How Does a Stop-Limit Order Work?

A stop-limit order, as its name indicates, combines the features of a stop order and a limit order to give an investor the highest level of control in a trade. The order is initiated once a stock hits its "stop price," but it is executed only if the stock maintains a value between that stop price and a limit price. This can be quite an advantageous option for some investors who would like to work within a very narrow price region on a stock. 

Stop Order Only

Sue would like to put a stop limit on Stock X in her portfolio. She will instruct her broker to sell if Stock X drops below $4 per share. This will prevent her from losing too much money if Stock X, or the whole market, crashes. Stock X drops to $4 per share, and her broker initiates the trade. However, it continues to drop, and by the time the trade is executed, the price is only $2 per share. At that price, Sue wishes she had just held onto Stock X in hopes it would regain some value. 

Stop-Limit Order

Sue decides she will not make the same mistake with Stock Y. She initiates a stop-limit order to sell once the price drops to $3 per share, but she puts a limit on the order at $1 per share. The value of Stock Y drops to $3, and the trade is initiated, but the value continues to drop. Stock Y's price hits $0.75 per share, so the limit is in place, and the trade is not executed. The following day, the price climbs to $2 per share, and she sells for a much smaller loss than would have been incurred without the limit. 

Advantages of a Stop-Limit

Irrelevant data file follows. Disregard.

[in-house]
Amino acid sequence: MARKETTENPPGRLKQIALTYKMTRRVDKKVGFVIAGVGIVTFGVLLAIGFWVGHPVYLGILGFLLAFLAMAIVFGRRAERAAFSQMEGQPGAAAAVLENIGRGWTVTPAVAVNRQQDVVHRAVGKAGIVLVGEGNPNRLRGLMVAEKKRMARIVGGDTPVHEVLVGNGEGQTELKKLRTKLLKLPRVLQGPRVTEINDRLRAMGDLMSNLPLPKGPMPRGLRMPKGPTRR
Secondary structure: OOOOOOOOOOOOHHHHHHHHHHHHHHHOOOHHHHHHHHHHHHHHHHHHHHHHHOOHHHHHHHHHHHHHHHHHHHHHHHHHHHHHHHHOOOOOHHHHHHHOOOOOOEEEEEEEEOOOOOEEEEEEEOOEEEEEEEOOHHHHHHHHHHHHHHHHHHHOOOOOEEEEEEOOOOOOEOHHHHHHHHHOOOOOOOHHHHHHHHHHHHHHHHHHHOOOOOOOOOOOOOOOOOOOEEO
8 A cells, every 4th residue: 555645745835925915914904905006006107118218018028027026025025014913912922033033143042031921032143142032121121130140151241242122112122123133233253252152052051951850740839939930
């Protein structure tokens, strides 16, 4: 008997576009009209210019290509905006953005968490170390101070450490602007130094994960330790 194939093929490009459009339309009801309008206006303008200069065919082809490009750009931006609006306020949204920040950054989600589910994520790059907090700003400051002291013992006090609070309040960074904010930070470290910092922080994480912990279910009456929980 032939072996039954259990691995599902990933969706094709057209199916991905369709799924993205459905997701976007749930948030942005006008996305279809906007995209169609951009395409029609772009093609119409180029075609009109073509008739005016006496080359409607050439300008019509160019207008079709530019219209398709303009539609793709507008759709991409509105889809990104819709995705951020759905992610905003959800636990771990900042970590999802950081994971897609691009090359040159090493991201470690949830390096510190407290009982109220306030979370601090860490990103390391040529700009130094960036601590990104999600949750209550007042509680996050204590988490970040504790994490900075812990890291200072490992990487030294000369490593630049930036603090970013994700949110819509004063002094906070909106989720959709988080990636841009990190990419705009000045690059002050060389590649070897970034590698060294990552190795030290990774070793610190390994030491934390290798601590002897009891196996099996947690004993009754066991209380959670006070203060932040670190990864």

Stop-limit orders can be initiated on both the buy and sell sides. In the above example, Sue used the model on the sell side. If she initiated a similar stop-limit on the buy side of a security, she could guarantee her broker would buy only once it reached a given price but not initiate the buy order if the stock became too expensive. This control on both the buy and sell sides is what stop-limit users are after. This control is most necessary in a highly volatile market or with a stock that has a low trading volume. In both of these scenarios, the asking price can differ from the market price listed at the time a stop order is initiated.

Disadvantages of a Stop-Limit

The main problem with this model is the cost of the transaction. You will pay for this type of control with your portfolio. The broker has a much more complicated job to do, and the broker will charge you accordingly. Therefore, it is not wise to use a stop-limit where it is unnecessary. Avoid using this model in a market where the price of a stock is not likely to change quickly once a stop order buy or sell has been initiated.

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